Fleet management systems can also inspire employee engagement initiatives, such as incentive and rewards schemes for careful or efficient drivers. The introduction of vehicle telematics can have a significant impact on driver behaviour, speed and fuel consumption, as well as wear and tear to the vehicle. For instance, if an individual is usually late with their servicing, this will have a knock-on effect on fleet costs. However, by fitting telematics equipment to the vehicle, businesses can monitor such behaviour and improve the vehicle’s overall condition, using additional incentives such as add-on benefits, vehicle upgrades, vouchers or discounts.

When implementing a vehicle management programme, it is important to produce a clear assessment and plan, detailing the business’ fleet objectives. These systems can be fairly broad in terms of their content and the range of applications they offer. As such, it is crucial that a business understands what specific aspects they will need and what may be an unnecessary expense, depending on the size and scale of the organisation. It is also worth reaching out to other users of fleet management programmes to consider their experiences and gauge which elements they have found most worthwhile before making a firm decision. Focused customer surveys and feedback will help to shape the overall proposition for the fleet.

It is advisable to focus on particular services first, based on meeting targeted needs rather than offering the world to the employees from the beginning. For instance, clear financial impacts and processes, along with mobile app utilities, are likely to be at the forefront of most employees’ preferences. Therefore, these factors should be a top priority when deciding how to implement the programme.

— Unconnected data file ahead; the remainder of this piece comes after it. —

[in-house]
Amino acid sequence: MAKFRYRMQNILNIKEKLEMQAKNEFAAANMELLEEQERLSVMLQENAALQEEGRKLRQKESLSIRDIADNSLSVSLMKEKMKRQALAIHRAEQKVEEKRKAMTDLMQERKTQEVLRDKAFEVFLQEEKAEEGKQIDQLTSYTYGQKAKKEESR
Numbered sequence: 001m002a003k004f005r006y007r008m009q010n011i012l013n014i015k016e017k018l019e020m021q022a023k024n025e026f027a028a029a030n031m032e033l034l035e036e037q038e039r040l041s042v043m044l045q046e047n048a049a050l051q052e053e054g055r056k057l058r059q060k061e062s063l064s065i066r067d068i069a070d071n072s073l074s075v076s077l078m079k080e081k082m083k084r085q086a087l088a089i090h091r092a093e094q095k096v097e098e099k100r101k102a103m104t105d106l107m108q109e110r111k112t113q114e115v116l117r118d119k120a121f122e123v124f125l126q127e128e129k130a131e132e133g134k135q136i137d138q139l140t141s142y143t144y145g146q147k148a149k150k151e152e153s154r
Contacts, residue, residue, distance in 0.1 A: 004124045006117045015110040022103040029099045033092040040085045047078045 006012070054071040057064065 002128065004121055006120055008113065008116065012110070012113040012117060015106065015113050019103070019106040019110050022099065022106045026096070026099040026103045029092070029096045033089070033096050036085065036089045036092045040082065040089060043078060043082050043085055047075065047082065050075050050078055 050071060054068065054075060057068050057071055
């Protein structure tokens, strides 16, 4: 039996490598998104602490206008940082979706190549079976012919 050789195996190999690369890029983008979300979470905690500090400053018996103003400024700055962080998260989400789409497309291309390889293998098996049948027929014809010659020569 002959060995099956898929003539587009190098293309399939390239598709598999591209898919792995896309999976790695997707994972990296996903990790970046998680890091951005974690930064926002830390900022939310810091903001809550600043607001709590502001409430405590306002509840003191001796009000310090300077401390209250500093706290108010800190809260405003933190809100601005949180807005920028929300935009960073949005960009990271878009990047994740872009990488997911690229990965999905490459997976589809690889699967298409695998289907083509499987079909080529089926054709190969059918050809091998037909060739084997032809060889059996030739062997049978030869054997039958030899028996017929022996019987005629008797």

As the technology infrastructure continue to grow, there is no doubt that enhanced versions of these applications will become available in future. There are new ‘disruptors’ coming into this market which could significantly impact how fleet management businesses operate in the future. The shift to ‘pay-per-use’ for car usage is already emerging and may start to impact the longer-term lease model, again providing customers with increased choice and flexibility depending on their specific needs. However, with programmes such as this still in their infancy, businesses should make sure to offer simple yet effective solutions first, before looking to branch out into more complex offerings.

It is becoming clear that in the modern world the driver’s all-round experience is key. With the implementation of a fleet management programme, and a clear strategy as to exactly what this will entail, businesses can streamline employee processes and drive productivity, all while embracing effective innovation leading to an enhanced customer experience.